Not for more than 100 years has there been such a surge in interest in big bore cartridges as there is today. This interest is fueled at least in part by the relative affordability of hunting game for which big bore cartridges are suitable. Such game is generally limited to thick-skinned dangerous game, namely cape buffalo, elephant, hippo on land, and white rhino. For half the cost of a typical new car, we can hunt cape buffalo and plains game. Trophy bull elephant can be hunted in several countries for less than the cost of a new truck, and rhinoceros can be hunted in South Africa for the same budget.
It is not necessary to be wealthy or even a high-income earner in order to afford dangerous game hunting in Africa. By scrupulously setting money aside and making a few personal sacrifices to cut expenses, such as giving up eating at restaurants, not buying tickets to professional sporting events, avoiding new or expensive cars and trucks, and by turning some of part of a gun collection into cash, almost every American wage earner will be able to afford a dangerous game hunt in Africa.
With the relative financial accessibility of thick-skinned dangerous game hunting comes a natural interest on the part of the sportsman in rifles and cartridges appropriate for that sport. Although none of us would suffer if our thick skinned dangerous game hunting were to be done exclusively with the 416 Rigby, 458 Lott and 470 Nitro Express, there is added excitement to shooting the largest and heaviest of bullets. But there is even more good news for the big bore fan. Prices for newly produced double rifles are at an all-time low with several fine offerings from Searcy, Heym, Merkel, Krieghoff and Sig coming in at around US$10,000. For a similar amount, a very nice big bore bolt rifle from several master craftsmen may also be acquired. Alternatively, there are some low-budget options for the big bore fan, which will result in a very functional big bore dangerous game rifle for about US$3000.
This article provides the reader with a summary of both factory and wildcat cartridges .50 caliber and larger that are suitable for use on thick skinned dangerous game. As a beginning proposition, cartridges that use bullets with a sectional density of less than .300 or which cannot achieve a velocity of close to 2000 f.p.s. have been omitted due to the inadequate penetration that results from those ballistics. These criteria require me to rule out any discussion of lever action cartridges and any discussion of 2 bore, 4 bore, 8 bore, 10 bore and 12 bore rifles. Although such guns may be fun projects, their poor penetration precludes them from serious consideration in a practical dangerous game rifle. Also, energy figures are not provided in this article because they are misleading. Thick skinned dangerous game do not seem to be much affected by the energy of the cartridge they are shot with, so it would be error to conclude that one cartridge would be more effective than another based solely on energy figures. Rest assured that all of the cartridges discussed in this article have plenty of power for dispatching elephant, buffalo or whatever else is on license. Just about any cartridge can be used to kill a cape buffalo with a properly placed broadside lung shot, as the tens of thousands of buffalo fallen to AK-47 rifles have proven. But stopping an enraged bull or penetrating to his vitals from a poor angle can test the limits of any cartridge. Elephant provide an even more difficult penetration challenge since a frontal brain shot on an elephant will require puncturing several feet of trunk and skull bone before the brain is reached. Likewise, buffalo shoulders and jawbones, and buffalo and elephant skulls are notorious for ruining bullets, so only quality monolithic solids or other premium nonexpanding bullets should be considered by those with an inclination toward self-preservation.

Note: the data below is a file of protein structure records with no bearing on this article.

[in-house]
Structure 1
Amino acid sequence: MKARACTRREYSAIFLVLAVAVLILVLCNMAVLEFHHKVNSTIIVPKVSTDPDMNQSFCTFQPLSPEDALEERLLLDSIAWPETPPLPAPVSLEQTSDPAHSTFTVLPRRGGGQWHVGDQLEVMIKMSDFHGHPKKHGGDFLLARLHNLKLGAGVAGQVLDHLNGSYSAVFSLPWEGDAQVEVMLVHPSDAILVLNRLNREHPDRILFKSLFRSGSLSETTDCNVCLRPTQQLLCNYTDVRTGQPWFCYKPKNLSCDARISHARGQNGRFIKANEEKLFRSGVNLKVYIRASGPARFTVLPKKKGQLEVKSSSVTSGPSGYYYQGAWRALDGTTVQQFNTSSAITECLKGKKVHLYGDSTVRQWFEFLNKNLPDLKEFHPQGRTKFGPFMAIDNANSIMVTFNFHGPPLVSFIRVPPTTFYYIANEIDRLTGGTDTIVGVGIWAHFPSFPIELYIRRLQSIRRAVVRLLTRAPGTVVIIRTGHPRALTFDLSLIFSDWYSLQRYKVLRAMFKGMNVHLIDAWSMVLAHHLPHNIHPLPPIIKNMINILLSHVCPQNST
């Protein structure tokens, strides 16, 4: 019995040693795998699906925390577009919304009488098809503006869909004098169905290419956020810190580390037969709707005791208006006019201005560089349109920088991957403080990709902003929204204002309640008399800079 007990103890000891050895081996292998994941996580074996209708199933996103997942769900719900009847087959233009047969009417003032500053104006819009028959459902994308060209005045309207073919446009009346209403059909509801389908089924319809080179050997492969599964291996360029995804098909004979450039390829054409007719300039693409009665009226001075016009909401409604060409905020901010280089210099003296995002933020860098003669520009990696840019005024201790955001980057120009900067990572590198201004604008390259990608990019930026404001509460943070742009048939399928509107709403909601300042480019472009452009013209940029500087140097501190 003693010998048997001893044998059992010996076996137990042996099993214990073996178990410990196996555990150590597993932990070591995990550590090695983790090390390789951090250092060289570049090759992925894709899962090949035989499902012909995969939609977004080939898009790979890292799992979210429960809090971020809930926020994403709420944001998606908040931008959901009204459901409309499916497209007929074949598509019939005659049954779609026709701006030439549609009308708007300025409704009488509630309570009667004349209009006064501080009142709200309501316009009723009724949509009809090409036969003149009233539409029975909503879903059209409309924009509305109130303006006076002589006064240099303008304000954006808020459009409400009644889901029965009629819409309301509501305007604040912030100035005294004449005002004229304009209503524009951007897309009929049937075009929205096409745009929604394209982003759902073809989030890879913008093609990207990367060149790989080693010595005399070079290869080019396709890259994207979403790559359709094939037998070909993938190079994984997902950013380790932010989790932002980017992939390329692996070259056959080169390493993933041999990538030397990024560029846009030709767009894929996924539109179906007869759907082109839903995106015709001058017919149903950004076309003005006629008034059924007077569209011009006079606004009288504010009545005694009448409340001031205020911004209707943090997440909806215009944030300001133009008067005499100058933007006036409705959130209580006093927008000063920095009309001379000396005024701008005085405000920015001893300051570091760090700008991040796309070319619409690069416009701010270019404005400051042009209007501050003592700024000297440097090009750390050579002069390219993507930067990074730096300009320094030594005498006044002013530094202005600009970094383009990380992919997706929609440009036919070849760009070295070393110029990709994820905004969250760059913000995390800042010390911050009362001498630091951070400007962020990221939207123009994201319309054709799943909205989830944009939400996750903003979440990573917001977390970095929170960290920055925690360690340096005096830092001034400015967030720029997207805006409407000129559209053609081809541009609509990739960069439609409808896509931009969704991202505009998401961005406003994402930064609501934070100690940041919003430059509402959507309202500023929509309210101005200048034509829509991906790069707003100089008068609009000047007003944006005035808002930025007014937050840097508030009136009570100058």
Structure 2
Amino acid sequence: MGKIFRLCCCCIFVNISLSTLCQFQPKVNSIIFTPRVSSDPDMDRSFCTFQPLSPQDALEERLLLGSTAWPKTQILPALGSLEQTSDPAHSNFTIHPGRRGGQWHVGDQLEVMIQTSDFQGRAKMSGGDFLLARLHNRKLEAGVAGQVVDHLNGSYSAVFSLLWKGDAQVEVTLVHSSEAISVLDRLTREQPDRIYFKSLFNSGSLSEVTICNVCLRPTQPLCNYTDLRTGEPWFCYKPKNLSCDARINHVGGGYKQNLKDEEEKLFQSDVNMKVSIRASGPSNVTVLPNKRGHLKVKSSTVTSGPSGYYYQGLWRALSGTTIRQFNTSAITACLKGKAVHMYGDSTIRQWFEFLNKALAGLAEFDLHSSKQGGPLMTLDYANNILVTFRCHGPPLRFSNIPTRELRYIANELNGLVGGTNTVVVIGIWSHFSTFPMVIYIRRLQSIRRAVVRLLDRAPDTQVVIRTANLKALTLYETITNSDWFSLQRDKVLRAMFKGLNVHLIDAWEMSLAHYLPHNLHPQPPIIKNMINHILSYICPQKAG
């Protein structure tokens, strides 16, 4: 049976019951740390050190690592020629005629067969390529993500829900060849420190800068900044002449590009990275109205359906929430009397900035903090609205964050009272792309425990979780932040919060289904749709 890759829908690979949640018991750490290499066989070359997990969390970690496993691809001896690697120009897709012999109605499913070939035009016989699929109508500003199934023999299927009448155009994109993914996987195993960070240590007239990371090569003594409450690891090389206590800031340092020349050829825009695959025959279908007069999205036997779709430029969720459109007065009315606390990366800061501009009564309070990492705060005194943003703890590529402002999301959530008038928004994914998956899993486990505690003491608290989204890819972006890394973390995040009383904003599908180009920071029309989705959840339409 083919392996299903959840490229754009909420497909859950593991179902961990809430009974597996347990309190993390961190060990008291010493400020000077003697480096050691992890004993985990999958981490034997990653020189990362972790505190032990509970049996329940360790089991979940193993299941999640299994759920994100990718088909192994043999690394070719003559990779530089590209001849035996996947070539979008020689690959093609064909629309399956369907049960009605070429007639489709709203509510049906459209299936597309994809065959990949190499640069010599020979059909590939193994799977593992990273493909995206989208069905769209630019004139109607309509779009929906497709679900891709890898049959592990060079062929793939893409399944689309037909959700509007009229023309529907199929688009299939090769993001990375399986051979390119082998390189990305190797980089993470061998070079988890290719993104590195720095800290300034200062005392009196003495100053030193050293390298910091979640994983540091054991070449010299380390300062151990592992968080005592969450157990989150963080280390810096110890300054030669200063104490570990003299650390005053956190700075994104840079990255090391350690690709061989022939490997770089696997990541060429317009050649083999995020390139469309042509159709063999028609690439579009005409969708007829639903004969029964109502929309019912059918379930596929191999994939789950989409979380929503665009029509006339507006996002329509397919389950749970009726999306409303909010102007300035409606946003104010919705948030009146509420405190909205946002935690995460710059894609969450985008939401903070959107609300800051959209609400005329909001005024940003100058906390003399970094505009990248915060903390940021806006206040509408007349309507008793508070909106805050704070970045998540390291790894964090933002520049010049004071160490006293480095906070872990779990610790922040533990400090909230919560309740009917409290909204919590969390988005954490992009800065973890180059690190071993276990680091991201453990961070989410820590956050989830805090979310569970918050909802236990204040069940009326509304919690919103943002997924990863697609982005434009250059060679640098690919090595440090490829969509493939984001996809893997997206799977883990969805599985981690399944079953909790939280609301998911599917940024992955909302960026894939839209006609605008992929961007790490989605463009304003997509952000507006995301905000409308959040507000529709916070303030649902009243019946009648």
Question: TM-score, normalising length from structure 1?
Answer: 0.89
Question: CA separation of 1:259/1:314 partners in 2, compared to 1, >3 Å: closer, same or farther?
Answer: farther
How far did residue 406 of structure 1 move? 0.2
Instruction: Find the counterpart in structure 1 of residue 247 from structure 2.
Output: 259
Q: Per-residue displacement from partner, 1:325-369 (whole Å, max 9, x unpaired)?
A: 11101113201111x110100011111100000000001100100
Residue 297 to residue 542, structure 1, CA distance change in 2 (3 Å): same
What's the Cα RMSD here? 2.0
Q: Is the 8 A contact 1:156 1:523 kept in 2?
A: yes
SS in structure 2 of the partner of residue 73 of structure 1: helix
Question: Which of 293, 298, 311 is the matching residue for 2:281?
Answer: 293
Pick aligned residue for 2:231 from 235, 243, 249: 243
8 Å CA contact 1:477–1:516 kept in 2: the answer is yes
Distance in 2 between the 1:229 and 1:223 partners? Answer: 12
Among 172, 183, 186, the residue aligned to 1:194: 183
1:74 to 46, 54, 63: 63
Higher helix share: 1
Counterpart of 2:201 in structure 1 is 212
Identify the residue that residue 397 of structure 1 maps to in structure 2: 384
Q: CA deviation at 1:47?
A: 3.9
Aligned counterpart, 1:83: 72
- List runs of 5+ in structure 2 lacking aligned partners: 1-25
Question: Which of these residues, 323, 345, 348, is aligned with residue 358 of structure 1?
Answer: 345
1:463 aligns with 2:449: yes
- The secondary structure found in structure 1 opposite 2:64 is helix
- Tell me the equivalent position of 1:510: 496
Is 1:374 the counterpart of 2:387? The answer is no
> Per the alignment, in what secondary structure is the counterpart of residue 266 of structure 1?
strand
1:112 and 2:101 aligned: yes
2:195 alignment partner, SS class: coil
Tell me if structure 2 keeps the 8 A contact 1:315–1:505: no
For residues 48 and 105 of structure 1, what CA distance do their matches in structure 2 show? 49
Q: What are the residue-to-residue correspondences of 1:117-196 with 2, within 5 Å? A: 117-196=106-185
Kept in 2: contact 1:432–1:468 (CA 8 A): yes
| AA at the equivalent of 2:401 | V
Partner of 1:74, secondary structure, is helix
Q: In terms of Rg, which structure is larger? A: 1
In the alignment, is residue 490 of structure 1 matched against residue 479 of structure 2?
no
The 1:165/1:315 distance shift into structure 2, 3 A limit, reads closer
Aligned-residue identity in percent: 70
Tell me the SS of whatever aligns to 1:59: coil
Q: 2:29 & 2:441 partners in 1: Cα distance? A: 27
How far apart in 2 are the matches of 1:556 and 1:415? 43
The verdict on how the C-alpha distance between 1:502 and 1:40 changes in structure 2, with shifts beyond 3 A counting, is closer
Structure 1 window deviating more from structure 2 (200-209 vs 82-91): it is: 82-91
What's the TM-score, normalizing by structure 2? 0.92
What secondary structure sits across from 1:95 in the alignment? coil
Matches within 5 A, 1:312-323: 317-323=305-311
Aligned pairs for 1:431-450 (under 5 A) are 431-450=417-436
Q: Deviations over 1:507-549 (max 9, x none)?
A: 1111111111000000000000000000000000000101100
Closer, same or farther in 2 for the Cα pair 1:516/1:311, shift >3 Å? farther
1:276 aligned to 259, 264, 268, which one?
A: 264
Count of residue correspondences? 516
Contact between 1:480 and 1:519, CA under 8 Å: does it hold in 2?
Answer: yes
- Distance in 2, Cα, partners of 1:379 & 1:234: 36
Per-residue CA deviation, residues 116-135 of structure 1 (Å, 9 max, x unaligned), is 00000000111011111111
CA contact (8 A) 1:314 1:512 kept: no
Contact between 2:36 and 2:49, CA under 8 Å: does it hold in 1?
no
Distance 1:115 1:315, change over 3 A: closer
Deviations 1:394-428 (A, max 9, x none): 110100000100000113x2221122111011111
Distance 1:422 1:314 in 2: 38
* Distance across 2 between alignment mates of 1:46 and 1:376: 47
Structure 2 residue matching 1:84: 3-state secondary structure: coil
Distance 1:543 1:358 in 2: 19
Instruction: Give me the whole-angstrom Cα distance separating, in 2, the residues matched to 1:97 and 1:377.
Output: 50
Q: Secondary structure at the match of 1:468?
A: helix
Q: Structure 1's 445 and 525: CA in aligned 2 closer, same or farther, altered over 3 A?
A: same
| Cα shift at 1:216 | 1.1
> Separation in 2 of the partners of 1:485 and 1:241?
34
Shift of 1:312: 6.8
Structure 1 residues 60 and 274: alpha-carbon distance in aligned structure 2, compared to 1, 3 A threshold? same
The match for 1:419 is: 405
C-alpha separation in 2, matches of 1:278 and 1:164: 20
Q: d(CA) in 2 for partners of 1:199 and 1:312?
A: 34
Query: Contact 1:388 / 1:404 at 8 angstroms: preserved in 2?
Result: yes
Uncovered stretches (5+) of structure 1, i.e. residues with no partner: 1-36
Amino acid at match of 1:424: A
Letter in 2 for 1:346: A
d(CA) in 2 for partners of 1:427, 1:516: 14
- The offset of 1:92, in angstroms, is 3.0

Each cartridge summarized below is discussed primarily from the point of view of building an affordable bolt-action rifle to use for thick skinned dangerous game hunting. Example loads and ballistics are shown. The nitro express cartridges are discussed for comparison purposes, even though they are typically available only in more expensive double rifles (the Heym and Hambrush bolt rifles being notable exceptions). I hope that all readers will have the chance to build or purchase a big bore rifle and hunt dangerous game with it, or at least be deterred by the mistakes of those of us who have.